The village that built its own wi-fi network – BBC Africa


The middle of nowhere has been keeping a secret. And we’re off to find out what it is
and how it can change Africa. South Africa has one of the highest internet
penetration rates on the continent. But despite that, people who live in remote
places like this say they don’t use the Internet. Two of the biggest barriers,
according to research: affordability and accessibility. Mankosi is made up of 12 villages. Home to over 6,000 people. And until late last year there was no electricity
here. Running water is still a luxury. But they have a cheap and stable wi-fi network. They built and registered their own internet
service provider. I’m wondering if I can buy a voucher. Yes, you can buy a voucher. How much does it cost? 25 rand ($1.70; £1.30). Only 25 rand, it lasts a whole month. Mama Sigcau is one of the elders who convinced
other villagers that the internet would bring development here. She’s one of a handful who sell vouchers
that gives residents and visitors uncapped wi-fi for under $2 a month. Did you you know what wi-fi was before it
came here? No, no, we didn’t know. We didn’t know anything about wi-fi. It is when it came and connected and then we see this is something
that gives us a better life. And at school people do their homework, everything. Even though I don’t have TV,
I can see news, everything. South Africa’s data prices are still among
the most expensive on the continent. According to the latest research, out of Africa’s
six leading economies one gigabyte of data would cost you seven times more here than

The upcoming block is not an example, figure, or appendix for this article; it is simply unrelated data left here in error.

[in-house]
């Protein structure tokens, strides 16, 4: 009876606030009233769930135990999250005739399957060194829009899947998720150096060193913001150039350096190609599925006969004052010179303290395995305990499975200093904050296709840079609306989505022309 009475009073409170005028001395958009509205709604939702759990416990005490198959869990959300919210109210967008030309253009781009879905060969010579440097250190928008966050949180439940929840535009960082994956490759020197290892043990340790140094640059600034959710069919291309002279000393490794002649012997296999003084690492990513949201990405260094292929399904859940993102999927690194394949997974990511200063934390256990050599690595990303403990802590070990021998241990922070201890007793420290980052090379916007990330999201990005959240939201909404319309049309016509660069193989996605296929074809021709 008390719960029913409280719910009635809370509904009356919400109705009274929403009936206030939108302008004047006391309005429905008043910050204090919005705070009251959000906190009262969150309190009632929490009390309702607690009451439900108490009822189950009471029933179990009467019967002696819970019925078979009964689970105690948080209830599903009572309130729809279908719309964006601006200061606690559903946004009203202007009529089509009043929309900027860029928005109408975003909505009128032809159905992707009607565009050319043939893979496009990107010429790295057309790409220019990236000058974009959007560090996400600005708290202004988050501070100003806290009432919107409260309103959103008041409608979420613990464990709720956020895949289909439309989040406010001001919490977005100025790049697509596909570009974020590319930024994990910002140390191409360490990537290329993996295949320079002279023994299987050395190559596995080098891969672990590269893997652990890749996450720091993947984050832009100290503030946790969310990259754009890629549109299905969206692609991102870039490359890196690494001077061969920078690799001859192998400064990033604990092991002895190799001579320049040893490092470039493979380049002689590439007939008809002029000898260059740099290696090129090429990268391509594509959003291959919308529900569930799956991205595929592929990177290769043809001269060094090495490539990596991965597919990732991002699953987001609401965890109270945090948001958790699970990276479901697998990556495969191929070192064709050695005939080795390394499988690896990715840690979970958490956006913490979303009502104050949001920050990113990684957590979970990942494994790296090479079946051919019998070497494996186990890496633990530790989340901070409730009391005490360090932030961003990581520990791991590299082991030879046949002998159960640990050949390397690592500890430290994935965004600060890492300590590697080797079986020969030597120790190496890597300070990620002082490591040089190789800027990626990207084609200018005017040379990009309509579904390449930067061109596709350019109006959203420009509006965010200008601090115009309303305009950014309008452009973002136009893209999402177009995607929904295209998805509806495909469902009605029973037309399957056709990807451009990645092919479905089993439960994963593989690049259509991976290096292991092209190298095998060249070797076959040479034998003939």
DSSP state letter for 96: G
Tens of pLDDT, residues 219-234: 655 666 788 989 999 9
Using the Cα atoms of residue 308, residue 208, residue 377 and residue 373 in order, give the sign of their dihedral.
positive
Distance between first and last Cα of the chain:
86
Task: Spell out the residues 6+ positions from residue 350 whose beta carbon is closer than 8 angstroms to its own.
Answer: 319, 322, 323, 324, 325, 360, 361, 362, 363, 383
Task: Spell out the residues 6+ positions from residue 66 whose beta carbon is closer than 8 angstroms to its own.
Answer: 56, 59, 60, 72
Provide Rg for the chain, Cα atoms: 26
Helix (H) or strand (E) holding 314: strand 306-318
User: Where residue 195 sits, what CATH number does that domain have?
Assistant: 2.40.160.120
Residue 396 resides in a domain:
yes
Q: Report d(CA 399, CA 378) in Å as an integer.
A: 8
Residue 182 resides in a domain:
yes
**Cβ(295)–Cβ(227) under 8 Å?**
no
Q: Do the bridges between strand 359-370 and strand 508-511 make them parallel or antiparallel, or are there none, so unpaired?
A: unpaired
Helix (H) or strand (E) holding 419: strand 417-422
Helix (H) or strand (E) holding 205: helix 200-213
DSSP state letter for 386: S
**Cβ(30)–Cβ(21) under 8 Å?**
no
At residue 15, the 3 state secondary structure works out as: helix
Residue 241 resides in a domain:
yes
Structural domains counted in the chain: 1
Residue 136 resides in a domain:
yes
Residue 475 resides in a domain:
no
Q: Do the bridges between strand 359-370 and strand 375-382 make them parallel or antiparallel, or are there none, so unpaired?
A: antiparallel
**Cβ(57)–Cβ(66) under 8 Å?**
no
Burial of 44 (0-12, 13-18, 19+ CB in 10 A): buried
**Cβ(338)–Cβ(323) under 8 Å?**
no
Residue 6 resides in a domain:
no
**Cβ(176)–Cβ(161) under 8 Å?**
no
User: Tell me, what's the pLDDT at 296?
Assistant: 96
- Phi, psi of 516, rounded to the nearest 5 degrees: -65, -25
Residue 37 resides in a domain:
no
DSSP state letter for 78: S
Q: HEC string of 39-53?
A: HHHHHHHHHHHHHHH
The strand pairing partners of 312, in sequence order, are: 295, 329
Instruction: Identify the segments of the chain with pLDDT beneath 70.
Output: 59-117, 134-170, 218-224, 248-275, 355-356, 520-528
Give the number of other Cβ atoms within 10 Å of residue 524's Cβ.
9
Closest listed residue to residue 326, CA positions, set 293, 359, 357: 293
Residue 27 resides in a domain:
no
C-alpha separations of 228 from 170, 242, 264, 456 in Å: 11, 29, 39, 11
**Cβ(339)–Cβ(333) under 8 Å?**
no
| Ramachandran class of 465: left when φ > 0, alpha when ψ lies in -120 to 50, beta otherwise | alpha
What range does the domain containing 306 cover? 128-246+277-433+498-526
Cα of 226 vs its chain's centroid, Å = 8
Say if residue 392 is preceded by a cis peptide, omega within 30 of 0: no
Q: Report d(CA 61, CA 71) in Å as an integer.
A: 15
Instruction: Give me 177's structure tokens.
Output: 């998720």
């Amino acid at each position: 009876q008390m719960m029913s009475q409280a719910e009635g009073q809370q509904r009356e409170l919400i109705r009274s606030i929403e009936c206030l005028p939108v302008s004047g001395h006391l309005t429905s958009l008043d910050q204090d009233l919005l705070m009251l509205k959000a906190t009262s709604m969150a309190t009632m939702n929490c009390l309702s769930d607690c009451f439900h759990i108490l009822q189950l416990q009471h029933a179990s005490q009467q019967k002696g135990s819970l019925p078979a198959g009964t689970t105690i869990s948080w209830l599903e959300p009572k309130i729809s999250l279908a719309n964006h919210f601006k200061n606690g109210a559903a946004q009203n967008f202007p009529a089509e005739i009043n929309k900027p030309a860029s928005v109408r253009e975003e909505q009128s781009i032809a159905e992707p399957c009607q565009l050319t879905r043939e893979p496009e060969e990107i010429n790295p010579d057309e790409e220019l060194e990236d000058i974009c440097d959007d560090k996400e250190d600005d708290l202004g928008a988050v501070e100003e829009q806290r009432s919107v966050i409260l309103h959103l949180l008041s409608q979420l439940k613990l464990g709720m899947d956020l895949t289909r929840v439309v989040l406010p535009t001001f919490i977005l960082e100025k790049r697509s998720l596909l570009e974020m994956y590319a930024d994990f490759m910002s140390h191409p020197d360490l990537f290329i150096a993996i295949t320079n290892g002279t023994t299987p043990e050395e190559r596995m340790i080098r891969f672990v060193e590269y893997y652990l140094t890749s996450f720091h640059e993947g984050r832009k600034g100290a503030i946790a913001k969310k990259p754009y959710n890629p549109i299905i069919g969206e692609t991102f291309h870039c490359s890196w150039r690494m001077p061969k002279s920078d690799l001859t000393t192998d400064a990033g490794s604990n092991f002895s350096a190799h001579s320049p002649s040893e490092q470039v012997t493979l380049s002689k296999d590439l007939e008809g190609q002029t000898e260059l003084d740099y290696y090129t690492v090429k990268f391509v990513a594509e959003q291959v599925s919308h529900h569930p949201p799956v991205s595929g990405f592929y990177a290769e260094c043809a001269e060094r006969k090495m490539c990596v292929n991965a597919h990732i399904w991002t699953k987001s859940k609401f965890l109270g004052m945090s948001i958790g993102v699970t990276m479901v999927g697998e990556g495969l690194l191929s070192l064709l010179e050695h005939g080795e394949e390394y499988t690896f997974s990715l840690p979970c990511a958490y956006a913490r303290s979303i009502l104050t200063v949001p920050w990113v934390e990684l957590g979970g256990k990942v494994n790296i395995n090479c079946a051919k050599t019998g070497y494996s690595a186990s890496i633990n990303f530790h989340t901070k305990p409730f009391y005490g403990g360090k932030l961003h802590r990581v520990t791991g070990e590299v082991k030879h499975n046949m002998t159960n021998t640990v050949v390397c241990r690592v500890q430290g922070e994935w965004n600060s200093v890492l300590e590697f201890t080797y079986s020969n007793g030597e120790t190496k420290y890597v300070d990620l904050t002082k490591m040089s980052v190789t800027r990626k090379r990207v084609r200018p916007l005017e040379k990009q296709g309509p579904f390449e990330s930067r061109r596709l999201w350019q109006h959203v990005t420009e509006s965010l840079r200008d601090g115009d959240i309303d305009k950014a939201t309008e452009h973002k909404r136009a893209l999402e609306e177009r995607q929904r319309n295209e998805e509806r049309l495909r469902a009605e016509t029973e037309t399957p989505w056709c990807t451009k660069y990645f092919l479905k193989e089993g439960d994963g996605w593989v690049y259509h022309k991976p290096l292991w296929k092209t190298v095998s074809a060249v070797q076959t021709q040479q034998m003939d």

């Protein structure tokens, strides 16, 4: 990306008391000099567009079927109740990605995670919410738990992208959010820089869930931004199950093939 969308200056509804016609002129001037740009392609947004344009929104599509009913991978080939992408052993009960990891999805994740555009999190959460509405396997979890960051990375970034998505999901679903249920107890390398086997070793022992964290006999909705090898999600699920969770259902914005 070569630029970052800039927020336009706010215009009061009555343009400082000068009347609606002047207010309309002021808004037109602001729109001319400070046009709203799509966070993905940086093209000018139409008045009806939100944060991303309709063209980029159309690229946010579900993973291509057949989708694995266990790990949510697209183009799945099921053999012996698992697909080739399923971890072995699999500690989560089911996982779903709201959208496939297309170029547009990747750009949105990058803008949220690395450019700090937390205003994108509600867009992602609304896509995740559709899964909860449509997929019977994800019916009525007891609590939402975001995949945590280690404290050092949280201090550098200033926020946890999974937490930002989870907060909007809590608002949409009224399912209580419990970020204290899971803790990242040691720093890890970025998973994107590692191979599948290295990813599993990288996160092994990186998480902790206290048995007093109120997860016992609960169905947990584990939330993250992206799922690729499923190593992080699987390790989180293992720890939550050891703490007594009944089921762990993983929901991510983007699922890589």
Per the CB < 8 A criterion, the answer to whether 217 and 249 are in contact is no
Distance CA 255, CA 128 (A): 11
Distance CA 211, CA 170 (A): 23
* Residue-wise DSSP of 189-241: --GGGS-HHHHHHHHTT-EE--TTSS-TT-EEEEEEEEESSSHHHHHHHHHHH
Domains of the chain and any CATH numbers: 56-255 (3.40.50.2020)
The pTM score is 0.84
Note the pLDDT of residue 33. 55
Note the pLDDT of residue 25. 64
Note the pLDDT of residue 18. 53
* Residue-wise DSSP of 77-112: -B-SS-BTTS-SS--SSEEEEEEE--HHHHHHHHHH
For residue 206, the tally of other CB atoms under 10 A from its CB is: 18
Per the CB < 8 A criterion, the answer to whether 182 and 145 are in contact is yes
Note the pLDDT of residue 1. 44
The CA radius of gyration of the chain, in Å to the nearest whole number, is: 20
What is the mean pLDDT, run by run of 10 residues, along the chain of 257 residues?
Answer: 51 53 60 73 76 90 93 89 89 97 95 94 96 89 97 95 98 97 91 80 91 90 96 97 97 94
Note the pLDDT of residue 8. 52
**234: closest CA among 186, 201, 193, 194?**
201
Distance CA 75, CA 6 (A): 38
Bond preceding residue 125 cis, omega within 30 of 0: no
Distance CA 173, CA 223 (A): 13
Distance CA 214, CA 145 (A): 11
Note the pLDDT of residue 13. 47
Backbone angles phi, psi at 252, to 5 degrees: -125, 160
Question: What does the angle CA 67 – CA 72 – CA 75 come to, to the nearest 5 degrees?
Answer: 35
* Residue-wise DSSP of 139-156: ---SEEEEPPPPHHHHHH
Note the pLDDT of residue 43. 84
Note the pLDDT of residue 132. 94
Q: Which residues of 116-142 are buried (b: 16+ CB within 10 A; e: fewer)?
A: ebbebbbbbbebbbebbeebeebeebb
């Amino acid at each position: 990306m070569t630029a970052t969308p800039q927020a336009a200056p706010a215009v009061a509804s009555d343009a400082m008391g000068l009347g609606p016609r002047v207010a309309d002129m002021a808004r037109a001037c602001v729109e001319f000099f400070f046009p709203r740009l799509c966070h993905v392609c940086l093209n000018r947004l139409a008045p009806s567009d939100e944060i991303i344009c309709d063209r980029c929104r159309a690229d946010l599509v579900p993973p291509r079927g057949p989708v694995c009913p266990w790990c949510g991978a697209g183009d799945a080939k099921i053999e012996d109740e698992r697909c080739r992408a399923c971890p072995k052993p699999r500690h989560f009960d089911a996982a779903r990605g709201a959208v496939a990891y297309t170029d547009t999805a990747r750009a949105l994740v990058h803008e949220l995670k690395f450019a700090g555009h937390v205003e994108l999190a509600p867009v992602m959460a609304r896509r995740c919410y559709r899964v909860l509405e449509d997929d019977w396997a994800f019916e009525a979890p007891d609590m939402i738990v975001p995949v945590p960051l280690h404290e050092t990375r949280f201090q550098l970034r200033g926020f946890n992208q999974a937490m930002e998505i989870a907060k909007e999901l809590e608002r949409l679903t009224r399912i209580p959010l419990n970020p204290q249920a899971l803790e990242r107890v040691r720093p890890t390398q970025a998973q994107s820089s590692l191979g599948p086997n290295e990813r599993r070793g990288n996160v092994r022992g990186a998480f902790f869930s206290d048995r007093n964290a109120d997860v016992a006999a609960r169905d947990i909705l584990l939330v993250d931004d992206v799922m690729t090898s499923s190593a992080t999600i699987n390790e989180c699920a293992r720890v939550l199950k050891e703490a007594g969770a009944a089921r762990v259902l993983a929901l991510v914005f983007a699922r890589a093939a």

in Egypt. That’s three times more expensive than in
Kenya, Nigeria and Ghana. So why is Mankosi wi-fi so cheap? Seven years ago researchers from the University
of the Western Cape, with the help of the community, built a mesh network here. It’s a cheap, low-energy system using scattered
node devices rather than a central mast or beacon that’s used by traditional telecoms
networks. These nodes communicate with each other. An important feature is that it’s solar
powered. So, we are at the home of one of the headmen
of the villages that make up Mankosi. This is known as Ncgobo and once a month community
members meet here as part of the co-operative. It functions much like a business. And this is the board meeting. Except it’s owned, operated and maintained
by villagers. They collect the money made from
selling wi-fi vouchers. This is funnelled into community
projects. The name of the network is Zenzeleni. It means ‘do it yourself’. And 33-year-old Zuko Tshitshi is the embodiment
of the slogan. Previously unemployed and unskilled, he’s
now the resident technician. Looks like there’s a problem with our connection